What Are The Legal Grounds For Divorce In New York?
According to Census data, in 2009, more than 46,000 people divorced in New York. On October 12, 2010, New York was the last state to institute no-fault divorce. If you want to divorce your spouse, a Buffalo family law attorney can advise you whether it is in your best interest to file for no-fault divorce or to use grounds based on fault.
There are now seven grounds for divorce in New York:
- Cruel and inhuman treatment – if it is no longer safe or proper for you to live with your spouse, because he or she seriously threatens your mental or physical well-being
- Abandonment – if your spouse left you or evicted you from the house without the intent to return for more than a year
- Imprisonment – if your spouse is imprisoned for three years or more
- Adultery – if your spouse commits adultery and you have a witness who can testify to it, unless you committed adultery yourself, encouraged your spouse to commit adultery or had sexual relations with your spouse after finding out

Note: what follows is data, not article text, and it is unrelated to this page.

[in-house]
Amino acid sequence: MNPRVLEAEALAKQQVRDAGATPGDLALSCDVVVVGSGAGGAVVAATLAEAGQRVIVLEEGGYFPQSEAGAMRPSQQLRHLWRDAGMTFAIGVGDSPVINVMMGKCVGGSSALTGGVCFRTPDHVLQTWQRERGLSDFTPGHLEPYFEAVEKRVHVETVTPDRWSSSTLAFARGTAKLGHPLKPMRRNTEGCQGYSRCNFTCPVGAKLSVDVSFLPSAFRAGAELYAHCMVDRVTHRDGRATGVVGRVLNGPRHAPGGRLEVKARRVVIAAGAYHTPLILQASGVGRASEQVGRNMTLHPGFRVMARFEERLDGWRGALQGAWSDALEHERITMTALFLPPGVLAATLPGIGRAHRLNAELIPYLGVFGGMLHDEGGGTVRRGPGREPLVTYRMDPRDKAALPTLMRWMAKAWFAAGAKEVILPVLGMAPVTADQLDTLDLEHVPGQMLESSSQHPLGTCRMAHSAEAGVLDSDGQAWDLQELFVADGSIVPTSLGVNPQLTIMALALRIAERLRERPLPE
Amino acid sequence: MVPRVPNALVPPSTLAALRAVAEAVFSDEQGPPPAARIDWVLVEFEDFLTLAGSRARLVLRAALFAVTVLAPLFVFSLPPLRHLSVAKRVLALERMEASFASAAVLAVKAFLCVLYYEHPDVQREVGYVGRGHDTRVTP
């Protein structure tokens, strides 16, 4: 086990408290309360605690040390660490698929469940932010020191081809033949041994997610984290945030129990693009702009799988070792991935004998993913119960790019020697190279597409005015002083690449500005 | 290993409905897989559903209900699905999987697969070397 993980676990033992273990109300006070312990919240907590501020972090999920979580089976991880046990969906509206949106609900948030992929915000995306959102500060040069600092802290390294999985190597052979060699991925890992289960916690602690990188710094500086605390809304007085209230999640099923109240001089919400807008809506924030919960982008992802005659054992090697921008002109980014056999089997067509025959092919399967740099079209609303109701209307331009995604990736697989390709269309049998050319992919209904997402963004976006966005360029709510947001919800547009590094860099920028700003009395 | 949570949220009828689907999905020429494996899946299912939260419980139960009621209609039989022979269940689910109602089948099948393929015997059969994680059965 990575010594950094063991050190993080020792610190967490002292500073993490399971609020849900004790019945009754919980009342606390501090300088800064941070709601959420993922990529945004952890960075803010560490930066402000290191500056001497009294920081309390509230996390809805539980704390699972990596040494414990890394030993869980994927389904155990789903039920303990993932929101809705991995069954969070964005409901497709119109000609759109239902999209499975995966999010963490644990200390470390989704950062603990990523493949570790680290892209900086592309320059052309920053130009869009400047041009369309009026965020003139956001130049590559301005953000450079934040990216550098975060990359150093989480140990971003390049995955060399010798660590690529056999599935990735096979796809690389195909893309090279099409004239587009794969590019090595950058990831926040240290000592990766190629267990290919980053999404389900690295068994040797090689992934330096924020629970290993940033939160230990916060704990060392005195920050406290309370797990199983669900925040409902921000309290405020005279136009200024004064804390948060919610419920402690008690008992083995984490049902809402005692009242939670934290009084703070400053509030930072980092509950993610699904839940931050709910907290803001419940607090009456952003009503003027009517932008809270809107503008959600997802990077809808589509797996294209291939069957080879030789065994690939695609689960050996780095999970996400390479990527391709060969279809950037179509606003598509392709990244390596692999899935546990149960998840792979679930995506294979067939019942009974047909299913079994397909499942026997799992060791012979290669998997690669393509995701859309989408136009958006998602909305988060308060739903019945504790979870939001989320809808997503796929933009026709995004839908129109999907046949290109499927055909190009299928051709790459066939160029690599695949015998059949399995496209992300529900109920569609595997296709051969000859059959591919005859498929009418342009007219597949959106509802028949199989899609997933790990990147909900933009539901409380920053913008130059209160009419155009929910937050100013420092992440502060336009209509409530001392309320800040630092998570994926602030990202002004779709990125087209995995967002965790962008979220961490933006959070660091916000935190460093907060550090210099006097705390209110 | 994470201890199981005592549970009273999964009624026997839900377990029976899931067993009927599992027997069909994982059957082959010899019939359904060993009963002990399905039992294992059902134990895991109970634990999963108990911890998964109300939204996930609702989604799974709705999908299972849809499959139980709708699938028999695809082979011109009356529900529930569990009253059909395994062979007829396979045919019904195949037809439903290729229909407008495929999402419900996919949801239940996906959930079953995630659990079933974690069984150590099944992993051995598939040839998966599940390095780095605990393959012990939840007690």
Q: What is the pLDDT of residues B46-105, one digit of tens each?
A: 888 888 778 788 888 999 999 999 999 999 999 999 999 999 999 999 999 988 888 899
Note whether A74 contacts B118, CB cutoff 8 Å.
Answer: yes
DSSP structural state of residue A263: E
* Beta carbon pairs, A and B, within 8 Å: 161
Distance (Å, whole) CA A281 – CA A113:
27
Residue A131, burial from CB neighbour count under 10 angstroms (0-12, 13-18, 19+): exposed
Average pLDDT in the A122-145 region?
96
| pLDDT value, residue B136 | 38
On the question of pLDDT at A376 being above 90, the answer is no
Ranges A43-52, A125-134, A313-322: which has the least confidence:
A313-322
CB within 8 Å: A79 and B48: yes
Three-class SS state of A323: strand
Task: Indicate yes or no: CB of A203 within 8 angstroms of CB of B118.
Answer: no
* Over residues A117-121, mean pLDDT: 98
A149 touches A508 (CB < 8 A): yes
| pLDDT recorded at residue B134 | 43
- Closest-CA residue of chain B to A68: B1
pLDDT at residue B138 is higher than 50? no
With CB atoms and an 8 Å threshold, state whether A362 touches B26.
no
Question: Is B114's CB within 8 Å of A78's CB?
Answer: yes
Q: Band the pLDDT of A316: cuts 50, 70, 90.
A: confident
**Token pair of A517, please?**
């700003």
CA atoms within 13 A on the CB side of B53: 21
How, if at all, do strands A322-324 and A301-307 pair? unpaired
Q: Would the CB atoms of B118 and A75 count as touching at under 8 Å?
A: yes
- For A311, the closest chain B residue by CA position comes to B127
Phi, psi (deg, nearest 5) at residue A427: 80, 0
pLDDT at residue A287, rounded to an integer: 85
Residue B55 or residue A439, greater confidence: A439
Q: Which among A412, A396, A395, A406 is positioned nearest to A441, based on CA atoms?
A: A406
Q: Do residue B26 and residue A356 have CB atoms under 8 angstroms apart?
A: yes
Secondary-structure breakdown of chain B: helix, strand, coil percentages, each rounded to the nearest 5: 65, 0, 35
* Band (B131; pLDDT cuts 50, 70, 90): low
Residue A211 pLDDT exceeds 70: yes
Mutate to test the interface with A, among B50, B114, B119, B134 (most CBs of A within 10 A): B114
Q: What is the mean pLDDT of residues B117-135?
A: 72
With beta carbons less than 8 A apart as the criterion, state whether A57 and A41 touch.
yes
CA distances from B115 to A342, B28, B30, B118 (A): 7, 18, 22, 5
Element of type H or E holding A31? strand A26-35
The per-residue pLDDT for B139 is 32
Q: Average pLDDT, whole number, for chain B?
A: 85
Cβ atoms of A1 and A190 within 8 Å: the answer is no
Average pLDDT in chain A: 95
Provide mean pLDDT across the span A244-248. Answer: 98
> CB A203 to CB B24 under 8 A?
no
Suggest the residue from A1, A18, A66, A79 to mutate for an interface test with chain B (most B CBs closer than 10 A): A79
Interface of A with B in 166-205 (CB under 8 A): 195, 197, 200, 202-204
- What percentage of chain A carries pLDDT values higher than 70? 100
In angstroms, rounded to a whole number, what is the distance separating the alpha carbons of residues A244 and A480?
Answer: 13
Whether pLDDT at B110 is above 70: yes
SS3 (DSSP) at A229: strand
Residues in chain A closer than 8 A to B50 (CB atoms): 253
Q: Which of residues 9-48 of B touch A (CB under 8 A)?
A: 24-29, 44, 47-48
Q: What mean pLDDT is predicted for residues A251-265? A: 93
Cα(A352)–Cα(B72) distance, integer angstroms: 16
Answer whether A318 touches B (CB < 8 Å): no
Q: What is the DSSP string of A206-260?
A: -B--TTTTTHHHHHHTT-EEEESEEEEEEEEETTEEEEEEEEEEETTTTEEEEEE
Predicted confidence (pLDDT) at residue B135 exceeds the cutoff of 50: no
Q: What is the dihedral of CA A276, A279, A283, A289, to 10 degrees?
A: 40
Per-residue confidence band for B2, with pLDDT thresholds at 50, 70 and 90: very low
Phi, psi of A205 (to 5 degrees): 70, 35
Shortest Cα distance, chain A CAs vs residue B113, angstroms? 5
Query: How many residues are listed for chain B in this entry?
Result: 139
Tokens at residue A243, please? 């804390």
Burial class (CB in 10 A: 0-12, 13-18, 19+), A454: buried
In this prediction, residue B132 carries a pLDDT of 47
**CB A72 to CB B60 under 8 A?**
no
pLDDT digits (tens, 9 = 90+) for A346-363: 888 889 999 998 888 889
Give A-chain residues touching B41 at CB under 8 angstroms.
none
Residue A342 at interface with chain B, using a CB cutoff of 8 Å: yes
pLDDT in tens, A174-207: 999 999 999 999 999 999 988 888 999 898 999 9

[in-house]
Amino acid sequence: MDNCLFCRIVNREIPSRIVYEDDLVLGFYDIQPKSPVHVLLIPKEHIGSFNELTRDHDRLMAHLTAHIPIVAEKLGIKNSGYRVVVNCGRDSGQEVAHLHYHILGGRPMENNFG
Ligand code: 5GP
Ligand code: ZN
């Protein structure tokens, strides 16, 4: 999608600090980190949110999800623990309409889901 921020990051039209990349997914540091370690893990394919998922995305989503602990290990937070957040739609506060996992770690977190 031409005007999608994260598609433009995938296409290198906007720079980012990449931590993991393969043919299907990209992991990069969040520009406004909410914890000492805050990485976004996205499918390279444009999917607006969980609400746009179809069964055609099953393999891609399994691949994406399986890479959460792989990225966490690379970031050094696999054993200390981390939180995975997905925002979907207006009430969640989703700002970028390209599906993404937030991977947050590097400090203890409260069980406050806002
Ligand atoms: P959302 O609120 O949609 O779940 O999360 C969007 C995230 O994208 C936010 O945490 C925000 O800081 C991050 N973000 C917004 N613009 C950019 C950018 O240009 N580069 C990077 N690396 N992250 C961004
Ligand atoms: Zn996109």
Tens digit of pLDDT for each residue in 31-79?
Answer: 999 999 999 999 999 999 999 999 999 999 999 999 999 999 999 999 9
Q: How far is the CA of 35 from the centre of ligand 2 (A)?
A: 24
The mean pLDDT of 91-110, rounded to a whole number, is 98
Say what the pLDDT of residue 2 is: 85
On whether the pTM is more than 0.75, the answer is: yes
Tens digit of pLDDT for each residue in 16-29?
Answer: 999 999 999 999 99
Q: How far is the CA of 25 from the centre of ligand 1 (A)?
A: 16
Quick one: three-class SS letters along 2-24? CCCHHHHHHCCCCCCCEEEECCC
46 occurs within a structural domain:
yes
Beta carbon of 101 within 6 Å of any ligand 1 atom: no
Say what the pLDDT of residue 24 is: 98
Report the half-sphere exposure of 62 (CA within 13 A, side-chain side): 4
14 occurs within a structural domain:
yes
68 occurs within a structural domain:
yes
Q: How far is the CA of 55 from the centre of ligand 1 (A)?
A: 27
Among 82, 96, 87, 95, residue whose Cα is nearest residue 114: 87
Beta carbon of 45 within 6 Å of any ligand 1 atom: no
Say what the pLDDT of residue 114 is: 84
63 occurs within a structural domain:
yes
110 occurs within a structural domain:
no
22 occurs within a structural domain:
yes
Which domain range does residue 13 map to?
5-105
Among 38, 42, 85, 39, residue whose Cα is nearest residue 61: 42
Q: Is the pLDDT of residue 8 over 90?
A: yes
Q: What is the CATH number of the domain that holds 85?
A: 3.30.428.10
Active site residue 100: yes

- Separation through judgment or decree – if you separated from your spouse for more than a year pursuant to a judgment or decree of separation
- Separation agreement – if you and your former partner agreed on a separation agreement, which you both followed for at least a year after you separated
- Irretrievable breakdown of the relationship (or no-fault) – if your relationship has been irretrievably broken for more than six months, and all economic aspects of the divorce as well as custody over any existing children have been resolved
A Buffalo family law attorney can help you protect your rights in divorce proceedings. Linda M. DiPasquale listens to your needs and uses her extensive experience to guide you through your divorce proceeding in the most comfortable way possible.